Currently these ropes range from 8.9mm to 11mm in diameter. When sport climbing you will reach a chain or bolt belay form where you lower off. Remember your rope will have to be at least twice as long as the route. If you know your chosen sport crag has routes between 20m and 25m you will need at least a 50m rope or ideally a 60m rope to be sure.

View our range of Single Ropes.



Half Ropes (also known as Double Ropes) are the best choice for the Traditional climber, particularly for multi pitch routes. Ideally the ropes are clipped into protection alternately but in reality a climber will clip the same rope into protection in a natural line before clipping the other rope to protection further away. This separation of ropes reduces drag allowing the climber to move freely. However a pair of Half Ropes do weigh more than a single rope so on longer pitches they will become quite heavy. Also Half Ropes have greater stretch so less load is placed on runners during a fall.

Half Ropes are currently available in diameters from 8.1mm through to 9mm. The thinner the rope the lighter it will be but it will take fewer falls and will have a shorter life span. Most climbers today use Half Ropes between 8.3mm and 8.6mm.

View our range of Half Ropes.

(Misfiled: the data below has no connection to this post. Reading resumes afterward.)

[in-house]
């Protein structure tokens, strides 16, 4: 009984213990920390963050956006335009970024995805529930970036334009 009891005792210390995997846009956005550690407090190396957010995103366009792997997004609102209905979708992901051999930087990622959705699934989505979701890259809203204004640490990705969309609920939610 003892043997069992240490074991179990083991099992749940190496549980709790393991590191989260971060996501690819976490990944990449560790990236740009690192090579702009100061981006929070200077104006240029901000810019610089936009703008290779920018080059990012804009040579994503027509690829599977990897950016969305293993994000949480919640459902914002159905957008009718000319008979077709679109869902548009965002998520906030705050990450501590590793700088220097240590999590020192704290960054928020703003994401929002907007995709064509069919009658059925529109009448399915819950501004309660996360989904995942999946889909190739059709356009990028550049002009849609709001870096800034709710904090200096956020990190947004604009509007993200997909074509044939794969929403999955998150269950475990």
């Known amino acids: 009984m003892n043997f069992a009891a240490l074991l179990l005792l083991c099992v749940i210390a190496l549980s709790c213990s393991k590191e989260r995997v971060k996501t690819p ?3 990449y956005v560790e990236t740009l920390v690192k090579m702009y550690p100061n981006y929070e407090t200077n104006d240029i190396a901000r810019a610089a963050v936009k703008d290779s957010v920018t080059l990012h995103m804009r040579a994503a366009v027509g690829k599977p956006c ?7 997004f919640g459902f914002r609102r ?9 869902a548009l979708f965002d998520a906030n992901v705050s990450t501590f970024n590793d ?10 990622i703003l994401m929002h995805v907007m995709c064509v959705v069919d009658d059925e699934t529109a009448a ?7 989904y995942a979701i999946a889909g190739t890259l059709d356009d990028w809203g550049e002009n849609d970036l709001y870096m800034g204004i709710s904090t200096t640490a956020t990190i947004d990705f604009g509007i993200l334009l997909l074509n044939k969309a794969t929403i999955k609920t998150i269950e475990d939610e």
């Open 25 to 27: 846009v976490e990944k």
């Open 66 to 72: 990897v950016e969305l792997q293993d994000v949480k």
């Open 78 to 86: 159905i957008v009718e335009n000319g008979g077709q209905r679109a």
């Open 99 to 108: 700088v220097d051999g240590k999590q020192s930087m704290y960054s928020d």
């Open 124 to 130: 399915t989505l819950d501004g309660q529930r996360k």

Twin Ropes are for use in the high mountains or for serious ice-climbing. They should never be used as Half Ropes as they are not designed or rated for this type of use. The Twin Rope is used in the same way as a Single Rope in that both ropes are clipped into every piece of protection. The advantage of Twin ropes on mountain routes is that generally they are safer, should one become damaged you will always have the other to fall back on. Also when retreating from the mountain abseils are easier to arrange by tying the two together.


Walking and Ski Touring Ropes

Ropes used by walkers and ski tourers are lightweight ropes that are strong enough to hold falls into crevasses or from ridges. Used for security in these situations they also add a level of confidence. The Beal Rando rope is ideal for this type of use. It weighs 37g per metre and is tested to take up to 5 falls on a single rope. Though they are rated as Twin Ropes they are usually used as Single Ropes. These ropes should not be used for climbing.